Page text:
RESTON, Va. — Dec. 10, 2015 — Scientists have identified factors that can help provide rapid predictions of harmful algal blooms in Ohio’s lakes, according to a press release.
These large growths of toxin-producing bacteria, which sometimes turn water green or blue-green, can be irritating to the skin and may affect the human liver and nervous system if consumed, noted the release. More up-to-date forecasts of when blooms are likely to appear in the lakes could help protect people who use them.
Scientists from the U.S. Geological Survey (USGS) and partners made real-time water-quality and environmental measurements at seven recreational areas in Ohio during May-November in 2013 and 2014, reported the release. Their goal was to identify factors that could be used in models to quickly predict levels of microcystin, the most commonly detected toxin found in freshwater algal blooms, and provide advisories to swimmers and boaters.
“Algal bloom toxins in water are currently measured in the laboratory, and results take time,” explained Donna Francy, lead USGS scientist for the study, in the release. “Utilizing nowcasts to determine when and where a bloom may occur in real-time can better protect people like swimmers and boaters that use and consume water resources.”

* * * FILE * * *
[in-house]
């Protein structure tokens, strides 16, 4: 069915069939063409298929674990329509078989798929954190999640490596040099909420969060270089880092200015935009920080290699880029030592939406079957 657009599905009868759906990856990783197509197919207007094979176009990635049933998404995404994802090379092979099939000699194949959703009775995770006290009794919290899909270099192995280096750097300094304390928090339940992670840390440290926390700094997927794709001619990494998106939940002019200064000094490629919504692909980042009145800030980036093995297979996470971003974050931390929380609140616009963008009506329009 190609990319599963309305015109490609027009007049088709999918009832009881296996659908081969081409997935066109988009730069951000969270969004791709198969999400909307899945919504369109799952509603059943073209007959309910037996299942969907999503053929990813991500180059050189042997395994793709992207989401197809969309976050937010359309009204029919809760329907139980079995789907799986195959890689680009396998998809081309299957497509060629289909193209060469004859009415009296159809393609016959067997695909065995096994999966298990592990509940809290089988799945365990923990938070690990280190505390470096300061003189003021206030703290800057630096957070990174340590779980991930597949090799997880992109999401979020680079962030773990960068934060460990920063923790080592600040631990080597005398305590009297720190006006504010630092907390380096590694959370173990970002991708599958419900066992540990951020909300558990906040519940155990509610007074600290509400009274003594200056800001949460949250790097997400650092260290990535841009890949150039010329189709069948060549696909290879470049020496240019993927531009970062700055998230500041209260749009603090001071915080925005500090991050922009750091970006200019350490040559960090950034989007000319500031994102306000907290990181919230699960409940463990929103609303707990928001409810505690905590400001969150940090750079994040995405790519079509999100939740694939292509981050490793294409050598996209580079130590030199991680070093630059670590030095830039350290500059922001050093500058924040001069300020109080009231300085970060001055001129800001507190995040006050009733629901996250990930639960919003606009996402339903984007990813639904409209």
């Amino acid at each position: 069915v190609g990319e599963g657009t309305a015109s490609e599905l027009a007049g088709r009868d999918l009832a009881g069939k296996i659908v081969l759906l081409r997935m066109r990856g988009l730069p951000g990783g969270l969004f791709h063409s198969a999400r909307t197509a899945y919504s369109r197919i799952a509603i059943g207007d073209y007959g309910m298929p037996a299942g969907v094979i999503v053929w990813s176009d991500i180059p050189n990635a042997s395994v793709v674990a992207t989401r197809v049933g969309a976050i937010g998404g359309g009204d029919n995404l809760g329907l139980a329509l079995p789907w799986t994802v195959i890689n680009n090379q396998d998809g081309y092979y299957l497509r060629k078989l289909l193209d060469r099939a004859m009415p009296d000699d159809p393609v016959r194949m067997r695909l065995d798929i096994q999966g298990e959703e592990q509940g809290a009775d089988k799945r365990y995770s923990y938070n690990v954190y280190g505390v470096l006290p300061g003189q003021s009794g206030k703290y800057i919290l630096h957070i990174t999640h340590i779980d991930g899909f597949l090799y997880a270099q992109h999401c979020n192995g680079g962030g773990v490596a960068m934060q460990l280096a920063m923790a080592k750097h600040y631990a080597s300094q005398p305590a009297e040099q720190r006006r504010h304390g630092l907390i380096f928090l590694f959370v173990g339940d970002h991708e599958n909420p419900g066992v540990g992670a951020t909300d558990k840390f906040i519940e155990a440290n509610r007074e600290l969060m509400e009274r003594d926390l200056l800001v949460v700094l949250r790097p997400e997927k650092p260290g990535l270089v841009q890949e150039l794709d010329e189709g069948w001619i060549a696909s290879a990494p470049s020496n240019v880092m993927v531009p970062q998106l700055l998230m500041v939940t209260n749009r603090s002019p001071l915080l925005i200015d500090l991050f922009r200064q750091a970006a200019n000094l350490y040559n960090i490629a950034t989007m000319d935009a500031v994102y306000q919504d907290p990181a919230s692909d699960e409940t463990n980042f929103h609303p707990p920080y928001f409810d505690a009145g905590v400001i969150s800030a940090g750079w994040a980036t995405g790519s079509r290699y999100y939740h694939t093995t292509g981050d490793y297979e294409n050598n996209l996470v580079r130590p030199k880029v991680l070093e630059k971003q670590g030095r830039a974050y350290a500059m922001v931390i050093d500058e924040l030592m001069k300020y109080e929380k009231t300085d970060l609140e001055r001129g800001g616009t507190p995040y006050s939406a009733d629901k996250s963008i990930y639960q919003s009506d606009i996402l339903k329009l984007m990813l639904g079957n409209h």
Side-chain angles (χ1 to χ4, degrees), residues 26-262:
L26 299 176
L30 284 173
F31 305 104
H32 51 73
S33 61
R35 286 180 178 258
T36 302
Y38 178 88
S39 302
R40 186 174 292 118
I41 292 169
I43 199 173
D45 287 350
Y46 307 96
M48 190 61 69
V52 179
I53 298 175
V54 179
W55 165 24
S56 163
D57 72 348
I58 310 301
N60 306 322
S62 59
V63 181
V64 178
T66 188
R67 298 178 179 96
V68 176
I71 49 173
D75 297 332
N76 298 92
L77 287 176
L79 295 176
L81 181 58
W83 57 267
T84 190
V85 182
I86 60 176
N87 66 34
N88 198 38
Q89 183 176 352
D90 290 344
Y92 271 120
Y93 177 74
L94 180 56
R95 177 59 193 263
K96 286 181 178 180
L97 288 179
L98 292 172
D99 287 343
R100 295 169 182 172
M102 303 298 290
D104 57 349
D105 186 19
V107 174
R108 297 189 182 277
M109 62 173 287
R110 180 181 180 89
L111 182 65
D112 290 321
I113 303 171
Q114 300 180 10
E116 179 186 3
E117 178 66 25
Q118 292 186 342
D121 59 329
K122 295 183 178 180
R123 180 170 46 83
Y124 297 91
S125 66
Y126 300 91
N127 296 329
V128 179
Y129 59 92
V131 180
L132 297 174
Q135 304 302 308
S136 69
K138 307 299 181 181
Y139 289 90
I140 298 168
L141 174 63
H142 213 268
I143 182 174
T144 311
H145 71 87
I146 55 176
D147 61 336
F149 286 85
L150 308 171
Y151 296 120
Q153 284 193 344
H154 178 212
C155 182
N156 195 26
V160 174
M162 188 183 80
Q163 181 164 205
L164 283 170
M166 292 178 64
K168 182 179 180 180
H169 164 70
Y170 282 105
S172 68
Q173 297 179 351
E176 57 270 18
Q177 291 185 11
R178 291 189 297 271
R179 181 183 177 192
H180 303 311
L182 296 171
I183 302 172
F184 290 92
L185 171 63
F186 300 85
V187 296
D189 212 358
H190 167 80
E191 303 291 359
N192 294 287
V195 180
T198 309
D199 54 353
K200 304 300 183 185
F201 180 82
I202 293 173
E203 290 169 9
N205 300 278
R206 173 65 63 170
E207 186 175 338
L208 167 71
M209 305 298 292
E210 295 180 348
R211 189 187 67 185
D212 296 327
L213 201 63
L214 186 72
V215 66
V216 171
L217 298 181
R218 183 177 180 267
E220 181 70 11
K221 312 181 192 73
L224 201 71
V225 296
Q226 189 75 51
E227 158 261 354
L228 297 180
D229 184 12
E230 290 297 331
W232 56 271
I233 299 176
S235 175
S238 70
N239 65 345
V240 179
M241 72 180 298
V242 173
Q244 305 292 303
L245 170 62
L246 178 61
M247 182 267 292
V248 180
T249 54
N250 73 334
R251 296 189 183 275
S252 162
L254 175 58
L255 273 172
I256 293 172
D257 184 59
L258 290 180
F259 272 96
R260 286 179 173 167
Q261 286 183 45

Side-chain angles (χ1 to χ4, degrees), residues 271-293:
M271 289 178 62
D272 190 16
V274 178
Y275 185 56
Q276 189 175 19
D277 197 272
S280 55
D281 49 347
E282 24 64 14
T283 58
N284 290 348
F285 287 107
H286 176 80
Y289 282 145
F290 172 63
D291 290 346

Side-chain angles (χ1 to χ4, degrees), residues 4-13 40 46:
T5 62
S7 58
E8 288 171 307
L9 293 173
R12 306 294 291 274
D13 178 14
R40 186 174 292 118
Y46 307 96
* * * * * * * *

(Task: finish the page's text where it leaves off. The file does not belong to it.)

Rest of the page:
Models are already used at Lake Erie beaches as part of the Ohio Nowcast for predicting E. coli concentrations, shared the release.
“The Ohio Nowcast system for E. coli, operating since 2006, is similar to a weather forecast except that current water-quality conditions instead of future conditions are estimated,” said Francy in the release. “Since a nowcast has worked for E. coli, we decided to try to develop one for cyanoHABs (cyanobacterial harmful algal blooms) and their associated toxins.”
After collecting weekly to monthly data for two recreational seasons, the scientists identified factors that could be used to predict microcystin concentrations at a variety of freshwater sites, stated the release. Results showed that measurements of a pigment called phycocyanin, water clarity, water pH, streamflow from a nearby river and lake level changes over 24 hours were among the best factors to estimate microcystin levels in real-time.
Future studies will focus on collecting more frequent data so that the scientists can develop site-specific models to use in cyanoHAB nowcasts, noted the release.
You can find the entire release here.